WASHINGTON -- NASA announced Monday the roles its 10 regional field centers will play in the development of the Crew Exploration Vehicle (CEV) and the related launcher the U.S. space agency hopes to have in service no later than 2014.

"This is the first wave of center assignments for getting Constellation rolling," said Jeff Hanley, NASA's Constellation program manager. Constellation is NASA's name for the multibillion-dollar effort to build the CEV, launchers and landing spacecraft needed to put U.S. astronauts on the Moon by 2020.

NASA expects to select a prime contractor in late August or early September to design and build the CEV with a lot of help from its field centers. Lockheed Martin is competing against the team of Northrop Grumman and Boeing to be the prime contractor for the project.

The agency has also initiated a number of contracts in recent months in order to get industry and its field centers working on the development of the Crew Launch Vehicle, a largely expendable rocket with a main stage derived from the space shuttle's solid rocket booster.

As expected, Glenn Research Center in Cleveland was assigned responsibility for developing the CEV Service Module that will accommodate the six-person capsule's main propulsion system. Glenn was also assigned responsibility for a CEV adapter needed to mate the spacecraft to its launcher.

Ames Research Center, Moffett Field, Calif., will lead the early work on the CEV's thermal protection system, helping NASA select the heat shields that will be used to keep the capsule from burning up during its return trip through the Earth's atmosphere. Ames also was given new responsibilities in meeting the information technology needs of NASA's Constellation program.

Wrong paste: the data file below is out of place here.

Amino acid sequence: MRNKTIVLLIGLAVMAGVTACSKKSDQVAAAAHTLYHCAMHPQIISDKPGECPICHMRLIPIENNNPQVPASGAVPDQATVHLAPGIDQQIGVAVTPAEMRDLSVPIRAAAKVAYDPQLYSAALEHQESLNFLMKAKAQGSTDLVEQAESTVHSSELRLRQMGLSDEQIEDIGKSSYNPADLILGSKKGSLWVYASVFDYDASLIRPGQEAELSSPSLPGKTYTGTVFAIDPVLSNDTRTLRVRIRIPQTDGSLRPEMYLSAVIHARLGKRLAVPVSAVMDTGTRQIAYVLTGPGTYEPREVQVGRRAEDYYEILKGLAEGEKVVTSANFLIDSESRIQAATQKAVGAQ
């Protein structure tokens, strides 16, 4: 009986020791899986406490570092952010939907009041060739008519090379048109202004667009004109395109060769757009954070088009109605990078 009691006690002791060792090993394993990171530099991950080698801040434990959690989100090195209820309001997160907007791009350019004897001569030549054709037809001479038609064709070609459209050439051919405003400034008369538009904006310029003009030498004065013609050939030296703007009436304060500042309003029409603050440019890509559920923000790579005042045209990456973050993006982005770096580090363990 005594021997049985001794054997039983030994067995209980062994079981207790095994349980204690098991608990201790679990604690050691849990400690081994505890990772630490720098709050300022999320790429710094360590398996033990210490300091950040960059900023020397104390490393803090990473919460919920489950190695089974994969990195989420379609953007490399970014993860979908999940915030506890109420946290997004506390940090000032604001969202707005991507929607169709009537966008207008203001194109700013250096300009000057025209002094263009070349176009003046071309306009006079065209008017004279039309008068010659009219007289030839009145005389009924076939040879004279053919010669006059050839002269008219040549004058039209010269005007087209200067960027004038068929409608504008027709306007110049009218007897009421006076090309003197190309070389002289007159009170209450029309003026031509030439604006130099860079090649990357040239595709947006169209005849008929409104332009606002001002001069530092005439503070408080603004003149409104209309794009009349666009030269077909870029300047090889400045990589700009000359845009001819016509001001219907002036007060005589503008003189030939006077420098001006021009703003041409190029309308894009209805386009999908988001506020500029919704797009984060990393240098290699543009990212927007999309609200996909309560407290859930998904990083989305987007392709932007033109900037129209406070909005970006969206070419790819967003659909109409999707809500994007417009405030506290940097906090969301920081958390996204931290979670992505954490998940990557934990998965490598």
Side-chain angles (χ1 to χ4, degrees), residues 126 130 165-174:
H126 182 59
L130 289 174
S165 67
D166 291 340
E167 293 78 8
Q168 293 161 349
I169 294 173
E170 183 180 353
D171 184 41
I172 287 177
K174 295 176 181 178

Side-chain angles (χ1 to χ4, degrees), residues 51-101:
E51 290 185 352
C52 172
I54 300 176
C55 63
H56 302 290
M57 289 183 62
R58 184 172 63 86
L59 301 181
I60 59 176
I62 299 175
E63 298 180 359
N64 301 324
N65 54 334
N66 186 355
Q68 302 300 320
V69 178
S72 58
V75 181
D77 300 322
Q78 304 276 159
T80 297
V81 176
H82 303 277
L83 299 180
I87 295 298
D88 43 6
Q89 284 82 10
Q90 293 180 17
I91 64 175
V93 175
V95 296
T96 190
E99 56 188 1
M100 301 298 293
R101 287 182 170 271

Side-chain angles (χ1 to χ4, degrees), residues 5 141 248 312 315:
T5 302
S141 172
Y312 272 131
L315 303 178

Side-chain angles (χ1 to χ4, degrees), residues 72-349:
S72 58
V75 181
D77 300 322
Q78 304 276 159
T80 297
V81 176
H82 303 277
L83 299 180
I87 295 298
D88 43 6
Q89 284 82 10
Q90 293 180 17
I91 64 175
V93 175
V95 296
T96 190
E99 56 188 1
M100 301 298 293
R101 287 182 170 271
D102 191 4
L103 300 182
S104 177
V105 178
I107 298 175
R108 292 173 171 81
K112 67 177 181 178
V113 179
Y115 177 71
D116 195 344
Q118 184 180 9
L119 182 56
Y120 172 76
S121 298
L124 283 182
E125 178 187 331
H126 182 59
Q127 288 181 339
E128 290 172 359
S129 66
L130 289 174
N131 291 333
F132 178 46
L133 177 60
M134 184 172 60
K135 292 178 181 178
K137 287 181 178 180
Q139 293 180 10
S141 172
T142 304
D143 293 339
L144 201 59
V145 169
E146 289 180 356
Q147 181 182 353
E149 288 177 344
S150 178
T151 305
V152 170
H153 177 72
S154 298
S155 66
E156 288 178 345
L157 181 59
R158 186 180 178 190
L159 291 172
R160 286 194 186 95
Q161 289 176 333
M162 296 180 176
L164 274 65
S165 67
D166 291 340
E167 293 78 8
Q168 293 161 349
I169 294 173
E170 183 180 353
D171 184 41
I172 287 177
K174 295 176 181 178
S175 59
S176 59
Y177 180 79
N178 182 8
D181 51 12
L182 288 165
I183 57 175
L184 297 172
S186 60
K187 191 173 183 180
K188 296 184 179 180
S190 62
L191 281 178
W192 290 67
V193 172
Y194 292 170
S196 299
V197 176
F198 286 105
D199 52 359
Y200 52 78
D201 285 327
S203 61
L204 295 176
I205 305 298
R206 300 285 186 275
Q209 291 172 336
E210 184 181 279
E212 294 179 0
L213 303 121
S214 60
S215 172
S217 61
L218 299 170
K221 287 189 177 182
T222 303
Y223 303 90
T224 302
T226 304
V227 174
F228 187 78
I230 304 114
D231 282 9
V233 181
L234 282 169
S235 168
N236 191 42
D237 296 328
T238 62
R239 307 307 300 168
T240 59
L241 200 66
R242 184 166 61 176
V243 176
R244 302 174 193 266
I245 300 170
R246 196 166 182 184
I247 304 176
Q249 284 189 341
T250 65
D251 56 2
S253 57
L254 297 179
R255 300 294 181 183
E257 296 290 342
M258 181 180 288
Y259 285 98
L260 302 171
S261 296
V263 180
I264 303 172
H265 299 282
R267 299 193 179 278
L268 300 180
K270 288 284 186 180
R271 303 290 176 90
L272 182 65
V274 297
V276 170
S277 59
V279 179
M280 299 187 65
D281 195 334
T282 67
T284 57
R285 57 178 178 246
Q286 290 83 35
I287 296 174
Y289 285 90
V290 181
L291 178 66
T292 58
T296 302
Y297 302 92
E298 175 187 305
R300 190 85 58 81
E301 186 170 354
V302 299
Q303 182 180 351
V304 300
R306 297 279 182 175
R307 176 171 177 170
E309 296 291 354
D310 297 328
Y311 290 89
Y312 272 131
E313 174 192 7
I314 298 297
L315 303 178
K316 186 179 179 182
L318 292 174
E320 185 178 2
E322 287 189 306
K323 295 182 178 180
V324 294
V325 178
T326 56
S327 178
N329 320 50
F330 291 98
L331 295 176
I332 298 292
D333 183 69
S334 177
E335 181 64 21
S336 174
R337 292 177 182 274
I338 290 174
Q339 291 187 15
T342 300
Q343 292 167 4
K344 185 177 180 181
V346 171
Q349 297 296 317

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Dryden Flight Research Center, Edwards, Calif., has been assigned lead responsibility for flight testing the CEV's launch abort system, a safety feature designed to separate the CEV from its booster in the event of a launch emergency. Handley said Dryden was chosen for its expertise in conducting flight tests.

For help in designing the CEV launch abort system, NASA is turning to Langley Research Center in Hampton, Va. Specifically, Langley engineers will oversee and conduct independent analysis of the CEV prime contractor's development of a launch abort system.

Overall responsibility for the CEV remains at Johnson Space Center in Houston.

Marshall Space Flight Center, Huntsville, Ala., is leading development of the Crew Launch Vehicle, with Stennis Space Center in Mississippi responsible for testing engines for both the crew launcher and an unmanned heavy-lift launcher the agency hopes to get started around the end of the decade.

Marshall has also picked up in recent weeks responsibility for managing the agency's lunar robotics program. Scott Horowitz, NASA associate administrator for exploration systems, said putting Marshall in charge of the Lunar Precursor and Robotics Program will enable greater synergy between some of NASA's early lunar robotics missions and development of the descent stage for a lunar lander that will carry astronauts and unmanned payloads, such as power plants, habitats and the like, to the surface of the Moon.

Florida's Kennedy Space Center, the chosen launch site for the CEV, will host NASA's Ground Operations Project, helping the agency plan and prepare for launching and operating the space shuttle's successor.

Goddard Space Flight Center, Greenbelt, Md., will help the Constellation Program by doing communications, navigation and avionics work.

The Jet Propulsion Laboratory, the Pasadena, Calif.-based center responsible for all of the agency's robotic landers of late, will lend its expertise in robotic surface operations to the NASA's human exploration efforts and help lead the Constellation Program's systems engineering and integration software and avionics team along with Goddard.